Rob and Teddy were called the 'Lion and the Lamb'; for the latter wasas rampant as the king of beasts, and the former as gentle as any sheepthat ever baaed. Mrs Jo called him 'my daughter', and found him themost dutiful of children, with plenty of manliness underlying the quietmanners and tender nature. But in Ted she seemed to see all the faults,whims, aspirations, and fun of her own youth in a new shape. With histawny locks always in wild confusion, his long legs and arms, loudvoice, and continual activity, Ted was a prominent figure at Plumfield.He had his moods of gloom, and fell into the Slough of Despond aboutonce a week, to be hoisted out by patient Rob or his mother, whounderstood when to let him alone and when to shake him up. He was herpride and joy as well as torment, being a very bright lad for his age,and so full of all sorts of budding talent, that her maternal mind wasmuch exercised as to what this remarkable boy would become.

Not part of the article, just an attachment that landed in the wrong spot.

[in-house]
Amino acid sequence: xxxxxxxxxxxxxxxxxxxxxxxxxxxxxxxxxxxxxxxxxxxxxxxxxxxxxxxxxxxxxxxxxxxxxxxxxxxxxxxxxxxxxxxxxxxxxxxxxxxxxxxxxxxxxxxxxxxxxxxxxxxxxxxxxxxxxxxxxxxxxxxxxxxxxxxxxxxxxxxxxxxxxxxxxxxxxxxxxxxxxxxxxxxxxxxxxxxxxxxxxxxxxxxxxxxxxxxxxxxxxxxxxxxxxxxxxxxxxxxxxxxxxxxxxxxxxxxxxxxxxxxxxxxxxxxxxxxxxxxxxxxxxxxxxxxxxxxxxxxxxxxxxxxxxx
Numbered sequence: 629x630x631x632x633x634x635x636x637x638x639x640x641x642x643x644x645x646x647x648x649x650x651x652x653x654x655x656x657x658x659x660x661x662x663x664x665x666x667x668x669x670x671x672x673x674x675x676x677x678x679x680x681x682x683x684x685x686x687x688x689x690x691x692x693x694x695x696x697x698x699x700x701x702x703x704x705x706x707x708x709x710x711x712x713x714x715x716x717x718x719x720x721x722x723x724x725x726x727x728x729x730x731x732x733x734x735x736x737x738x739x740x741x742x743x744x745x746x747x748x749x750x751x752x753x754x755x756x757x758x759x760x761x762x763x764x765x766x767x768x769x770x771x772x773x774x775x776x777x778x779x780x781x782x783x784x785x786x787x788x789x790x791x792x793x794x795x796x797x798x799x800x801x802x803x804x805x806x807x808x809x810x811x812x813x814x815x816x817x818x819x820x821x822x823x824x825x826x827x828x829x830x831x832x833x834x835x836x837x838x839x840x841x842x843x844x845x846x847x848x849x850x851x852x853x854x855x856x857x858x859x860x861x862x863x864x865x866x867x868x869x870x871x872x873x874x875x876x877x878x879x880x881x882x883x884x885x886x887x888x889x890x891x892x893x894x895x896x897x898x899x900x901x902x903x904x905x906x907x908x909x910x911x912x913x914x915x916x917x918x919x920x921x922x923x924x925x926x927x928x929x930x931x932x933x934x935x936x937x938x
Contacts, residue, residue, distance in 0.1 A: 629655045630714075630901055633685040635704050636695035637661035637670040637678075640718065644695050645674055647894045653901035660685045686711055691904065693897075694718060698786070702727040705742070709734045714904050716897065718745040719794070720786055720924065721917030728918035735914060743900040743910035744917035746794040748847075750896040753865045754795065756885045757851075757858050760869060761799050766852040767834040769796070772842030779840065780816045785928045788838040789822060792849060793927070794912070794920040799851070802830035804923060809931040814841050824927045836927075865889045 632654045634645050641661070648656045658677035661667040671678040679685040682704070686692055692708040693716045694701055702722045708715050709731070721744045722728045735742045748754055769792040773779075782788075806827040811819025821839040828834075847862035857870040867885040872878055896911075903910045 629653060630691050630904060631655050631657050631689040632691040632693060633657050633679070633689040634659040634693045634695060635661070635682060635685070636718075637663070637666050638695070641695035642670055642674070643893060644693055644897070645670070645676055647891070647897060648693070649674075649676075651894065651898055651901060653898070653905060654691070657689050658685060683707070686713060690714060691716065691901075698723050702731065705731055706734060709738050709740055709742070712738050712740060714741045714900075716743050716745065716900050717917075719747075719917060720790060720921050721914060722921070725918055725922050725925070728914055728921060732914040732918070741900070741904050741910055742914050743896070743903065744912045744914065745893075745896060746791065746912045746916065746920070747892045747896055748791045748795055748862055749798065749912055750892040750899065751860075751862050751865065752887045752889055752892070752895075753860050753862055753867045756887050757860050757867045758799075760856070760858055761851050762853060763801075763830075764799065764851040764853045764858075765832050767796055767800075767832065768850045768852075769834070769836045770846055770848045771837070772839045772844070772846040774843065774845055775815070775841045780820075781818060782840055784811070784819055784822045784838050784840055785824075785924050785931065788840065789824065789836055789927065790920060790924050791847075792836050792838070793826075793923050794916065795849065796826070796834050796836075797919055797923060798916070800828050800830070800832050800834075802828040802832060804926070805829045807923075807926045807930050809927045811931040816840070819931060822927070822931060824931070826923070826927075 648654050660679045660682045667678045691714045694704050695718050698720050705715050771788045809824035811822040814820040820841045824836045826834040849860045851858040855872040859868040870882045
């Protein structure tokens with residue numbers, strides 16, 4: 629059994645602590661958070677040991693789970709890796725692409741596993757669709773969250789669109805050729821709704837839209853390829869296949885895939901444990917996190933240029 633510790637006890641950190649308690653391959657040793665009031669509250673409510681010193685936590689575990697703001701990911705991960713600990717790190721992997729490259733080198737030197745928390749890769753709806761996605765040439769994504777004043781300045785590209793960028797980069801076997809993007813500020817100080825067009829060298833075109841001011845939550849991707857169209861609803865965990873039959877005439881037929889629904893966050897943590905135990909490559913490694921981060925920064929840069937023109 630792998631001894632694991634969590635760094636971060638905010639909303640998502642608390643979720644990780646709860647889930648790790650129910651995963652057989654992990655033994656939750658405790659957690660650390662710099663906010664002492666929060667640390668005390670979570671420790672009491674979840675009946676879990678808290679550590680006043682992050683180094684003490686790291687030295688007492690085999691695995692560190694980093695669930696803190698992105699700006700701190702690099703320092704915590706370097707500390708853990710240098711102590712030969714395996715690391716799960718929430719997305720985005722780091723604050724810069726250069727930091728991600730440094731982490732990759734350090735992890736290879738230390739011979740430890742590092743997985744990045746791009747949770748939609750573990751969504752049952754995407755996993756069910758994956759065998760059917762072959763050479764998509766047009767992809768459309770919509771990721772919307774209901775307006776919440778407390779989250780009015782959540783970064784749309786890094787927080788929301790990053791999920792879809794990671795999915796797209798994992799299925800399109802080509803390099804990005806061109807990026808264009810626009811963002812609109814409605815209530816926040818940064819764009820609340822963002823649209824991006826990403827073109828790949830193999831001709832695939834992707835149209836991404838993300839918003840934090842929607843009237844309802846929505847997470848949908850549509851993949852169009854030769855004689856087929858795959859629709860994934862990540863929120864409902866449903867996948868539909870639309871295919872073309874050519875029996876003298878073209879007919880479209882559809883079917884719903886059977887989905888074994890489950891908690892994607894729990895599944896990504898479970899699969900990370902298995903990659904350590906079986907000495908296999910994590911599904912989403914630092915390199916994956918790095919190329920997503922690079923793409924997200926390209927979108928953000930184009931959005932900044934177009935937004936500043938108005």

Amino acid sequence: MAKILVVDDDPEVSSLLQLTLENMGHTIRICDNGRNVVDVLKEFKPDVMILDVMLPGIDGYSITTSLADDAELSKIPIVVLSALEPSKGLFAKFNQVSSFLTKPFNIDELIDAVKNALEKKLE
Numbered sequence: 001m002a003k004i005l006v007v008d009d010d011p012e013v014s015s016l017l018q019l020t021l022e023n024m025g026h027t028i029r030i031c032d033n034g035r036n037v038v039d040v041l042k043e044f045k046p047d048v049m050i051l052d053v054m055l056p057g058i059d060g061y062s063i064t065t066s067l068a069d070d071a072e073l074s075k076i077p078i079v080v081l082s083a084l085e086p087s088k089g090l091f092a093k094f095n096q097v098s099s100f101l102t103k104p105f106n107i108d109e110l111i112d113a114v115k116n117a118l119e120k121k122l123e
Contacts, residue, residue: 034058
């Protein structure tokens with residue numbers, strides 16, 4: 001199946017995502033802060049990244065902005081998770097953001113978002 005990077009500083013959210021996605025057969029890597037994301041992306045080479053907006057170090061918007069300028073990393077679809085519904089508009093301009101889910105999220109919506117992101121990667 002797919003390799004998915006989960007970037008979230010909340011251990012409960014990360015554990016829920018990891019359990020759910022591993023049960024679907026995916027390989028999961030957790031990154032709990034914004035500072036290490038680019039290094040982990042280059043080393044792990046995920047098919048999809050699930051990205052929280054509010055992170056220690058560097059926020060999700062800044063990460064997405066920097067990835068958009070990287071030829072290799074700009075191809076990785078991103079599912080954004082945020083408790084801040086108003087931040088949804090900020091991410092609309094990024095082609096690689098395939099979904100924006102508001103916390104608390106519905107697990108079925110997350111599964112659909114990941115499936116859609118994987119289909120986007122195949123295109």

Demi had gone through College with honour, and Mrs Meg had set her hearton his being a minister--picturing in her fond fancy the first sermonher dignified young parson would preach, as well as the long, useful,and honoured life he was to lead. But John, as she called him now,firmly declined the divinity school, saying he had had enough of books,and needed to know more of men and the world, and caused the dear womanmuch disappointment by deciding to try a journalist's career. It wasa blow; but she knew that young minds cannot be driven, and thatexperience is the best teacher; so she let him follow his owninclinations, still hoping to see him in the pulpit. Aunt Jo raged whenshe found that there was to be a reporter in the family, and called him'Jenkins' on the spot. She liked his literary tendencies, but had reasonto detest official Paul Prys, as we shall see later. Demi knew his ownmind, however, and tranquilly carried out his plans, unmoved by thetongues of the anxious mammas or the jokes of his mates. Uncle Teddyencouraged him, and painted a splendid career, mentioning Dickens andother celebrities who began as reporters and ended as famous novelistsor newspaper men.